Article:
They met with the President to convey their concerns about the impact on local businesses following the closures of four border check points by the Greek Cypriot administration.
The shopkeepers submitted a petition of 300 signatures collected from the Arasta shop owners demanding that the crossing points be reopened as soon as possible.
Speaking on behalf of the shopkeepers, Bünyamin Yüksekbaş said that their businesses were being negatively affected by the closures.
Yüksek who said it was obvious why the crossing points had been closed, added that they were thinking of closing their shops until the crossing points reopened.
President Mustafa Akıncı responded by saying that he understood the shopkeepers problems very well.
He said that he had told Greek Cypriot leader Nicos Anastasiades from the very beginning that they had made a big mistake by closing the crossing points.
Akıncı added that claims that they were informed in advance of the decision were hearsay.
The President said that the Greek Cypriot leader had informed him of the decision on Friday via telephone, had told him that they would be reviewing the situation again on Monday and that in fact, the Greek Cypriot cabinet ministers supported the idea of closing all border crossing points.
He recalled that the bi-communal technical committee on health which had convened on February 3 to discuss the coronavirus had reached an agreement to implement measures at the points of entry into the island and not the crossing points.
“This decision was reaffirmed at the committee’s second meeting on February 20,” he added.
Akıncı said that Anastasiades had cited the 3000 or so Iranian students studying in the TRNC as an excuse to shut down the four crossings.
The President added that the Greek Cypriot leader had called him again on Wednesday, this time to complain about the migrants crossing over or arriving in the south.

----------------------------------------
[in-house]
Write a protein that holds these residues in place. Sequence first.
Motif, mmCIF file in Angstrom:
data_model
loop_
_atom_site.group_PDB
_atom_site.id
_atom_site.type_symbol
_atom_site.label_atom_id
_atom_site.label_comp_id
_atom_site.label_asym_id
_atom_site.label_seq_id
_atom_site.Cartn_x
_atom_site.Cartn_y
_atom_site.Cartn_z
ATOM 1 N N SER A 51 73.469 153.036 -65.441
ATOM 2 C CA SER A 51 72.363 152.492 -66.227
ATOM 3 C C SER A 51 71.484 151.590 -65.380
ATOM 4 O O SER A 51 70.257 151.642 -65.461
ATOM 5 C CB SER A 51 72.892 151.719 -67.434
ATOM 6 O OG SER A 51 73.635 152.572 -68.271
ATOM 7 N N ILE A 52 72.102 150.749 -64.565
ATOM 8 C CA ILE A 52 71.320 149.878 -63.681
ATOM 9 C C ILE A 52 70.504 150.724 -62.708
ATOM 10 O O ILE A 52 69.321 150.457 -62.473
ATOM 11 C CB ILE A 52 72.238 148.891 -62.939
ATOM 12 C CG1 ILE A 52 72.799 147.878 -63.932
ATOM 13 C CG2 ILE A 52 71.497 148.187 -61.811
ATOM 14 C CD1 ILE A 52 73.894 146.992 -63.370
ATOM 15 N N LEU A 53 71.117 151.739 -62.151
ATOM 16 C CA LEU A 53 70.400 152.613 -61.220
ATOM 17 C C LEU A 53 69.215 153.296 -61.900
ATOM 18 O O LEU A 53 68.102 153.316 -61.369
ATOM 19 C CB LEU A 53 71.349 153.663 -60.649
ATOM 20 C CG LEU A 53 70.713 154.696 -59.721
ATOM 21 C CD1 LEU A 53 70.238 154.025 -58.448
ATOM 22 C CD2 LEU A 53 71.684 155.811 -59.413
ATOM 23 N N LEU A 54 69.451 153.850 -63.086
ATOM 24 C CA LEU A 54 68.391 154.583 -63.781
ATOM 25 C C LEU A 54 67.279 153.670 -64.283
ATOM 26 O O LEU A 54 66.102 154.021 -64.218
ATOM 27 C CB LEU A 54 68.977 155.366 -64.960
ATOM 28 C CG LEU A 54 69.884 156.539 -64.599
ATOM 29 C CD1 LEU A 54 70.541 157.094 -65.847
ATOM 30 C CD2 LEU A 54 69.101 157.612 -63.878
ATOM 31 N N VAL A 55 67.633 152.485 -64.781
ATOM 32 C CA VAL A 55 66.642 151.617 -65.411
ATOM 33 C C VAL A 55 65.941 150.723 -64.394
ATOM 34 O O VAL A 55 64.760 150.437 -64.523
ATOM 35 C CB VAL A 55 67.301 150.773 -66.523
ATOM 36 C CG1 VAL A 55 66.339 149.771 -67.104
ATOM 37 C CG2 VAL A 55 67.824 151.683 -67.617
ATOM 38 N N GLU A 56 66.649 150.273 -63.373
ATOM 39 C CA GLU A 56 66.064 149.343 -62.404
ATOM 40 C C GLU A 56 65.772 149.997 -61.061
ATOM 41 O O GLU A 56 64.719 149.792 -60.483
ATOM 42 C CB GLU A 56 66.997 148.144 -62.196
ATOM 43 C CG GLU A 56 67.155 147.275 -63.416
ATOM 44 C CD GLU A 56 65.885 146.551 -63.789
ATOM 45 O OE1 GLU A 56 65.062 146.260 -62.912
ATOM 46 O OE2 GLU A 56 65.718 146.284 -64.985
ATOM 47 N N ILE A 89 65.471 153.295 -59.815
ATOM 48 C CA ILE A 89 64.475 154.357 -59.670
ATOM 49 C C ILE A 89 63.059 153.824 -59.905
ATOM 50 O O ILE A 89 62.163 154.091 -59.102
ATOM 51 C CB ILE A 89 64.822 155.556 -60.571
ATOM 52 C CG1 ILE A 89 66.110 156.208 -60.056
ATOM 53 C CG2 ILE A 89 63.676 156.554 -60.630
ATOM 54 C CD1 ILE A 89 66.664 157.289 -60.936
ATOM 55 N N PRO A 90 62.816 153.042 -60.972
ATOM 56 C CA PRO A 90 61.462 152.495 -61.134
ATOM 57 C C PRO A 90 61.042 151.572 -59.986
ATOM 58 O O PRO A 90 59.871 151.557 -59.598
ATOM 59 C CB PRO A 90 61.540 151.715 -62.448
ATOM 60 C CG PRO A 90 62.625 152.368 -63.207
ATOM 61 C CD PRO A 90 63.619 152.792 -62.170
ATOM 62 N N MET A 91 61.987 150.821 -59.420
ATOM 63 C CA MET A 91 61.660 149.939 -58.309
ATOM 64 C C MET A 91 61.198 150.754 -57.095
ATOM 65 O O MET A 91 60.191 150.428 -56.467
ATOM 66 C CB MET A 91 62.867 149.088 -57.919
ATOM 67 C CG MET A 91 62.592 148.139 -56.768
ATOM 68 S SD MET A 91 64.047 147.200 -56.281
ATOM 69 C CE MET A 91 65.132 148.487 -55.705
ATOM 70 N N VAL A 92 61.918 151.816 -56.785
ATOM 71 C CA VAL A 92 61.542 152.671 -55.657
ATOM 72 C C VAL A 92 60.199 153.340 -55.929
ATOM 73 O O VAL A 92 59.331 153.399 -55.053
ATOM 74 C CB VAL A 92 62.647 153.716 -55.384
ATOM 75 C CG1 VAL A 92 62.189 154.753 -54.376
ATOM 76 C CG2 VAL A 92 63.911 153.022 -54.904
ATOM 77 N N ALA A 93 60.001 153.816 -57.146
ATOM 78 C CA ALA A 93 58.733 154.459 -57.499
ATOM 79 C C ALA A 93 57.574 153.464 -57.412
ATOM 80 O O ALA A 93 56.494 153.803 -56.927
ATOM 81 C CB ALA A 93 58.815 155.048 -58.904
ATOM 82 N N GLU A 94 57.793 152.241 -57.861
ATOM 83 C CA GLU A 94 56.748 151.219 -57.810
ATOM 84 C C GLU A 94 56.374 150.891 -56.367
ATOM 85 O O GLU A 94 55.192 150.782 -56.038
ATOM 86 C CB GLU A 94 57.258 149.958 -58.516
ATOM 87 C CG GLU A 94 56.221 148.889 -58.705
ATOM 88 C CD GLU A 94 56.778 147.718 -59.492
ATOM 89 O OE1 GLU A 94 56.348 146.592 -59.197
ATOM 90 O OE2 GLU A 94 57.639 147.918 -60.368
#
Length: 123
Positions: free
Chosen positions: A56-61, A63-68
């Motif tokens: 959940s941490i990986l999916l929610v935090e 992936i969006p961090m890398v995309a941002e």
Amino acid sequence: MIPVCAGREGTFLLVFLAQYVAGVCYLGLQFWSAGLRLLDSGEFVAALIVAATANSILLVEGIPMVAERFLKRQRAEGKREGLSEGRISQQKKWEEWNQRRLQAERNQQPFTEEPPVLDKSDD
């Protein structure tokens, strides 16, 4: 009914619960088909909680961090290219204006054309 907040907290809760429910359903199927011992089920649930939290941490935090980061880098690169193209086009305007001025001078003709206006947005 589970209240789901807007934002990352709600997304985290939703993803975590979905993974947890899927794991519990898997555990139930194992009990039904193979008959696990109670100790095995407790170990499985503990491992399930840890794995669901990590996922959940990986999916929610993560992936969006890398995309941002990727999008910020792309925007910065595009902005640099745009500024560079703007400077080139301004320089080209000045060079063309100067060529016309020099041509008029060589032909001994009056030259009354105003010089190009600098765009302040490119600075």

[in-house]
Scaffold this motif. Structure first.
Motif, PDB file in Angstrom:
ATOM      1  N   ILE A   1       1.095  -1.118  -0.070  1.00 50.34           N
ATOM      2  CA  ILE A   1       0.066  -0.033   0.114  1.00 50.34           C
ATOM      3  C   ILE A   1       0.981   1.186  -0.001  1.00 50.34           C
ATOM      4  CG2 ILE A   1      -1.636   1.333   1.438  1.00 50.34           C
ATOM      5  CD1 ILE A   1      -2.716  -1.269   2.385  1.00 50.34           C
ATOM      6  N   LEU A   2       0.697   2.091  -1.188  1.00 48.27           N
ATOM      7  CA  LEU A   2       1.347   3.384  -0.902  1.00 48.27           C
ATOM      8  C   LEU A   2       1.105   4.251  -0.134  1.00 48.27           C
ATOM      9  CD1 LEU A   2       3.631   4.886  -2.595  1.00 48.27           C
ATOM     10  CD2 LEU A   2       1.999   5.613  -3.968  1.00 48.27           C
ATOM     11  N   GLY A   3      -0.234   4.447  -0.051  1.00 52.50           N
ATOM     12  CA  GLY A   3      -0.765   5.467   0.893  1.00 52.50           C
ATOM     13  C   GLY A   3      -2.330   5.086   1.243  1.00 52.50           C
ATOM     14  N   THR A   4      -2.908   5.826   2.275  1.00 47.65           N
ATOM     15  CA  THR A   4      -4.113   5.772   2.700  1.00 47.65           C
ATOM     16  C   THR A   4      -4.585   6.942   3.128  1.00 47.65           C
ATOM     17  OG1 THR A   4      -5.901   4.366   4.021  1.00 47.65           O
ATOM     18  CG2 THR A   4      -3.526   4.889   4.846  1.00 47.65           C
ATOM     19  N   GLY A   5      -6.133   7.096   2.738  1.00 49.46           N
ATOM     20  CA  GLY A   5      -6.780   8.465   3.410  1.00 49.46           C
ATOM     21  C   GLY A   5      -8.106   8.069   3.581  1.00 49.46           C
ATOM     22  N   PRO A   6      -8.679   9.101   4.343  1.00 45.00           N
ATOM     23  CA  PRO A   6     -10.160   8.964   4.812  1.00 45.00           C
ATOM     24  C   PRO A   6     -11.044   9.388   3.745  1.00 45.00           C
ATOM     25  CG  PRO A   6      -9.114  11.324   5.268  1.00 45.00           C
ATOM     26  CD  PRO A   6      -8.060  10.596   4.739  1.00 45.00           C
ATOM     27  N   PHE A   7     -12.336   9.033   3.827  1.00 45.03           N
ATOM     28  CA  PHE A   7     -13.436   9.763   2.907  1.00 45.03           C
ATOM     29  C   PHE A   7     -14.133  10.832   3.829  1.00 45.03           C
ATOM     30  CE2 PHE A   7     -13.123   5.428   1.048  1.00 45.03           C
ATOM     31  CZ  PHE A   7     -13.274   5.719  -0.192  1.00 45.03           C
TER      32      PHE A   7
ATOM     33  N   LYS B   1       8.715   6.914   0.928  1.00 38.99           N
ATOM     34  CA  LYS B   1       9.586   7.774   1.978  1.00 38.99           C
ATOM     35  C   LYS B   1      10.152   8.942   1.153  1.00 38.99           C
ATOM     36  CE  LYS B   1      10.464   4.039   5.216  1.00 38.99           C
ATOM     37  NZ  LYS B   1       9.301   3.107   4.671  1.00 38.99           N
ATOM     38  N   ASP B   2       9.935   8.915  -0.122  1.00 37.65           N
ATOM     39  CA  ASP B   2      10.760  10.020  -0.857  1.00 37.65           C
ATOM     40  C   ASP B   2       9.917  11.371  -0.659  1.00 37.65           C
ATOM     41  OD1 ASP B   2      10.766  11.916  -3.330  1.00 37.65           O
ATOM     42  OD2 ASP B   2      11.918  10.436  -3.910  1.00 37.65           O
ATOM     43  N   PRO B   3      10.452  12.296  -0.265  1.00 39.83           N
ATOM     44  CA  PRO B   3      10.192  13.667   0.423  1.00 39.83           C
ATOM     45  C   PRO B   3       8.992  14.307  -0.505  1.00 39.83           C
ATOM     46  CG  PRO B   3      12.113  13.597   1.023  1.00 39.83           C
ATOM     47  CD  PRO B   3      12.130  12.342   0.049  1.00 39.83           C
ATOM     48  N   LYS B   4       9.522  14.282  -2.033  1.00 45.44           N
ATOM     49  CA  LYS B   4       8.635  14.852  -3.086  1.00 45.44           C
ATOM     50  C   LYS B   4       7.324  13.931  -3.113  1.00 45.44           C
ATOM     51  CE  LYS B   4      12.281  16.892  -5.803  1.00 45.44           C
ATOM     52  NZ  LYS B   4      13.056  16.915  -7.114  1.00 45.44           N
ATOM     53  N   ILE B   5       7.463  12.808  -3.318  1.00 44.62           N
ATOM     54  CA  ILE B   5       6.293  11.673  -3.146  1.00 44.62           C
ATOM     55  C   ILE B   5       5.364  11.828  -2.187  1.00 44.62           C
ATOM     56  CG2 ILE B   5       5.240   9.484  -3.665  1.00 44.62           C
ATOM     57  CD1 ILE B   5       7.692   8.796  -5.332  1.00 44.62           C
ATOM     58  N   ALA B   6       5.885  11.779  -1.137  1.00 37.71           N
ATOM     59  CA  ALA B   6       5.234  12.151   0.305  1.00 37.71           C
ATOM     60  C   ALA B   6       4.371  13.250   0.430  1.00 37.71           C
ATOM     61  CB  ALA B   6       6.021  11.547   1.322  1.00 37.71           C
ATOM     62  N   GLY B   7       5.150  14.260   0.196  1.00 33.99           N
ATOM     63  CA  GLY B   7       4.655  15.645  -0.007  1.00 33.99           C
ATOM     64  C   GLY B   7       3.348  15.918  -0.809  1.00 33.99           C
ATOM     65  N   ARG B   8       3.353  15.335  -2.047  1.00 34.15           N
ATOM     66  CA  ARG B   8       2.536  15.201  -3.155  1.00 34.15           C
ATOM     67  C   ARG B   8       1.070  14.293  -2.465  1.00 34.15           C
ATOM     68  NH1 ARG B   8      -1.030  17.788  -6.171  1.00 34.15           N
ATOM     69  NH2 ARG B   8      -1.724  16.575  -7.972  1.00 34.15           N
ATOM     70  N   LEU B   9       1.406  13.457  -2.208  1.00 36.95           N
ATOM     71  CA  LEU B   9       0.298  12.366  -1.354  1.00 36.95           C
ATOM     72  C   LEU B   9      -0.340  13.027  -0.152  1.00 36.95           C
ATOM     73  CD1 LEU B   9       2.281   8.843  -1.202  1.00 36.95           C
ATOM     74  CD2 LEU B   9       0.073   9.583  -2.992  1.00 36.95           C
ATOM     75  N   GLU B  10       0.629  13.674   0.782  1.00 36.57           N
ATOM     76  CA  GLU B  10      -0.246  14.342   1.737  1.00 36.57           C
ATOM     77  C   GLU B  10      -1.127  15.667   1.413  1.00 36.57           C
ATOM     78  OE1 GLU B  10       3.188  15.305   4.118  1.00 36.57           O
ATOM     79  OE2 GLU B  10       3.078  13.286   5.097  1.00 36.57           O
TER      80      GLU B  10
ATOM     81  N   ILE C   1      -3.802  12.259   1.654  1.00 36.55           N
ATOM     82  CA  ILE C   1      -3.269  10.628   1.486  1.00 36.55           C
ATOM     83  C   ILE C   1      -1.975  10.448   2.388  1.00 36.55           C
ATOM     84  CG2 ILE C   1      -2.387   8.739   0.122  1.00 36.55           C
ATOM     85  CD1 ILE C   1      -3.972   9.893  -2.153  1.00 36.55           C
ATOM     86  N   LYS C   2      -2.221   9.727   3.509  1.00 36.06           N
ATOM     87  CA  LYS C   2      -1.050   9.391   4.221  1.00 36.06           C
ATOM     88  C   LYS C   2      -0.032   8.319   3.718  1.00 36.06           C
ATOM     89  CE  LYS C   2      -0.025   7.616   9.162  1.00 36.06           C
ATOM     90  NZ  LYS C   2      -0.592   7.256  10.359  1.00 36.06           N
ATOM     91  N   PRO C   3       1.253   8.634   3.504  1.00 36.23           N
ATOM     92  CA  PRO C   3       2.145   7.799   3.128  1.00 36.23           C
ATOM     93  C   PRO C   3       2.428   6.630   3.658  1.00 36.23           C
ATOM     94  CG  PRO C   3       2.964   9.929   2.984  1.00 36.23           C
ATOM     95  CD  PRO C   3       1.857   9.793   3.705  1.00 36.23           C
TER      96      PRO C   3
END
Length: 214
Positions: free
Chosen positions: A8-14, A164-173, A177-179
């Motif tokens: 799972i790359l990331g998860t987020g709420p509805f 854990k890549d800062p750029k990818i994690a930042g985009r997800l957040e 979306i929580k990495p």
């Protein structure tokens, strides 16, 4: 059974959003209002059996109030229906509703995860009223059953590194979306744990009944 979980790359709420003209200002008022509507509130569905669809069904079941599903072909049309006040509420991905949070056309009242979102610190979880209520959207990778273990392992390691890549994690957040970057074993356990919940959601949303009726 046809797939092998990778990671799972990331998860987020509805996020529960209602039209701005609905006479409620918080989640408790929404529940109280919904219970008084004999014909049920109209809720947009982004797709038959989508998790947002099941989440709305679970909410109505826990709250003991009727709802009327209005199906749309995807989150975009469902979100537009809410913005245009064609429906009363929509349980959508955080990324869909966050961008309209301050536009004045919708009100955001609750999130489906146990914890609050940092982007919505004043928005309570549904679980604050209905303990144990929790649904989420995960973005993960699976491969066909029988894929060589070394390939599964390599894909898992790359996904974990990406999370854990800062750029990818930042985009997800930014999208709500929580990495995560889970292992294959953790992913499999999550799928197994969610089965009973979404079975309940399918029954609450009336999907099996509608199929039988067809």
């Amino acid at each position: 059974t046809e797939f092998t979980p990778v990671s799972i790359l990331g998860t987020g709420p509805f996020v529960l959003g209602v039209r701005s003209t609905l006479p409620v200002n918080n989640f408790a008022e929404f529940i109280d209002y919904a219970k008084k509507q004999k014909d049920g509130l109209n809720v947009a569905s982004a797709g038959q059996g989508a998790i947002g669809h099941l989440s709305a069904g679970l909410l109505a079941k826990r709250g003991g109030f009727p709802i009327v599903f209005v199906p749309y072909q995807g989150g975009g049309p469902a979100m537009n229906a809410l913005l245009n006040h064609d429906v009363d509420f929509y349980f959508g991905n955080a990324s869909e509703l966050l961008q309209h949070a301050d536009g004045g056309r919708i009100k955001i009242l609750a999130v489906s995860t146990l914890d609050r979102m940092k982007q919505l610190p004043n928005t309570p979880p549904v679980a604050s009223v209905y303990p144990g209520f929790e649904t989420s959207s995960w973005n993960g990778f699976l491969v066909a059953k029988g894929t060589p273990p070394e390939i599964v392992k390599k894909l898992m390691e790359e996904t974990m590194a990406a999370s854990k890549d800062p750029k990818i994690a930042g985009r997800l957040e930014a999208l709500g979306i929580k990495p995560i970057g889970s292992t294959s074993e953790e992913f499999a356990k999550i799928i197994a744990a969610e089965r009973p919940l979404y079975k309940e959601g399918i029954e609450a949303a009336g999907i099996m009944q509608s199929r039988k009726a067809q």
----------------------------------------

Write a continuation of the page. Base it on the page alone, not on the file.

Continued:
“He insinuated that we were deliberately helping migrants to cross the dividing line as if we are guiding them,”Akıncı said. “Anastasiades said migrants were arriving in the south of the island either by boat or by crossing from the north “through illegal channels He spoke as if the Turkish Cypriot side was sending the immigrants to the south in an organised manner,” the President said.
“This is a mistake, we don’t do that,” he said. He also said this was a humanitarian issue and that the Turkish Cypriot authorities would never exhibit this type of behaviour.
Akıncı also expressed support to the shopkeepers’ plight, stating that the crossing points had been opened through great hardship and effort.
“Both communities have become used to the contact. No one has the power to keep the crossing points closed any more. Firstly this contradicts EU policies and efforts of the UN to bring the two communities closer. There is no justifiable reason for the closure. Even if cases of the virus were detected on either side this is not the way to deal with it. The way to fight the virus is to take preventative measures at the ports of entry. They have not even convinced their own community. But it is obvious they have other intentions and other ideas,” he said.
Meanwhile, President Akıncı received the UN Secretary-General’s Special Representative Elizabeth Spehar on Wednesday.
He called on the UN to take a more effective role in solving the situation concerning the four crossing points.
Akıncı added that they will continue to be in contact with both the UN and the European Commission and that he will be sending a letter on the issue to the UN Secretary-General Antonio Guterres.